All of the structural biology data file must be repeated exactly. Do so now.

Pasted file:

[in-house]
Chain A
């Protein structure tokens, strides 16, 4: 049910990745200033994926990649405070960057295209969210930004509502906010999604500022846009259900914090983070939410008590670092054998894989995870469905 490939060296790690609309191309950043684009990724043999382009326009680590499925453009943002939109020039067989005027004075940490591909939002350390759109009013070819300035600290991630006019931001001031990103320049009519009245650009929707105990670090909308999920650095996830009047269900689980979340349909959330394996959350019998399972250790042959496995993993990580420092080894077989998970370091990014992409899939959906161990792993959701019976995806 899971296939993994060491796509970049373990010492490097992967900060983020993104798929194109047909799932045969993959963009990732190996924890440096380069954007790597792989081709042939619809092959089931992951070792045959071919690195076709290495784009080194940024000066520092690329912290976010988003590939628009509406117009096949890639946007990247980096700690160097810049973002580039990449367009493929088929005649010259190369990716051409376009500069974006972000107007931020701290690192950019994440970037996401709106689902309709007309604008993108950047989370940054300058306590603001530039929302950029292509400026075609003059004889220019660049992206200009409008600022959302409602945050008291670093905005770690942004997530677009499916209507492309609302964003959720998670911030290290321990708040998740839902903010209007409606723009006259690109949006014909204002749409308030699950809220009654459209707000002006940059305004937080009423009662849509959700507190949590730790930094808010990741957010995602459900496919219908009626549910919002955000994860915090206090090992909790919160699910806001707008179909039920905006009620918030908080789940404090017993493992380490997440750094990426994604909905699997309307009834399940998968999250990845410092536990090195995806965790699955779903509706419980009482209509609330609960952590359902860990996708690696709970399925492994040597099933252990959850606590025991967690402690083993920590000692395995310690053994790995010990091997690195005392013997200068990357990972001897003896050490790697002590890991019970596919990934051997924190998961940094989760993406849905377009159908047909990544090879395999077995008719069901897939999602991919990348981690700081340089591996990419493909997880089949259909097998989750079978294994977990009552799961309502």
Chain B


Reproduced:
[in-house]
Chain A
């Protein structure tokens, strides 16, 4: 049910990745200033994926990649405070960057295209969210930004509502906010999604500022846009259900914090983070939410008590670092054998894989995870469905 490939060296790690609309191309950043684009990724043999382009326009680590499925453009943002939109020039067989005027004075940490591909939002350390759109009013070819300035600290991630006019931001001031990103320049009519009245650009929707105990670090909308999920650095996830009047269900689980979340349909959330394996959350019998399972250790042959496995993993990580420092080894077989998970370091990014992409899939959906161990792993959701019976995806 899971296939993994060491796509970049373990010492490097992967900060983020993104798929194109047909799932045969993959963009990732190996924890440096380069954007790597792989081709042939619809092959089931992951070792045959071919690195076709290495784009080194940024000066520092690329912290976010988003590939628009509406117009096949890639946007990247980096700690160097810049973002580039990449367009493929088929005649010259190369990716051409376009500069974006972000107007931020701290690192950019994440970037996401709106689902309709007309604008993108950047989370940054300058306590603001530039929302950029292509400026075609003059004889220019660049992206200009409008600022959302409602945050008291670093905005770690942004997530677009499916209507492309609302964003959720998670911030290290321990708040998740839902903010209007409606723009006259690109949006014909204002749409308030699950809220009654459209707000002006940059305004937080009423009662849509959700507190949590730790930094808010990741957010995602459900496919219908009626549910919002955000994860915090206090090992909790919160699910806001707008179909039920905006009620918030908080789940404090017993493992380490997440750094990426994604909905699997309307009834399940998968999250990845410092536990090195995806965790699955779903509706419980009482209509609330609960952590359902860990996708690696709970399925492994040597099933252990959850606590025991967690402690083993920590000692395995310690053994790995010990091997690195005392013997200068990357990972001897003896050490790697002590890991019970596919990934051997924190998961940094989760993406849905377009159908047909990544090879395999077995008719069901897939999602991919990348981690700081340089591996990419493909997880089949259909097998989750079978294994977990009552799961309502």
Chain B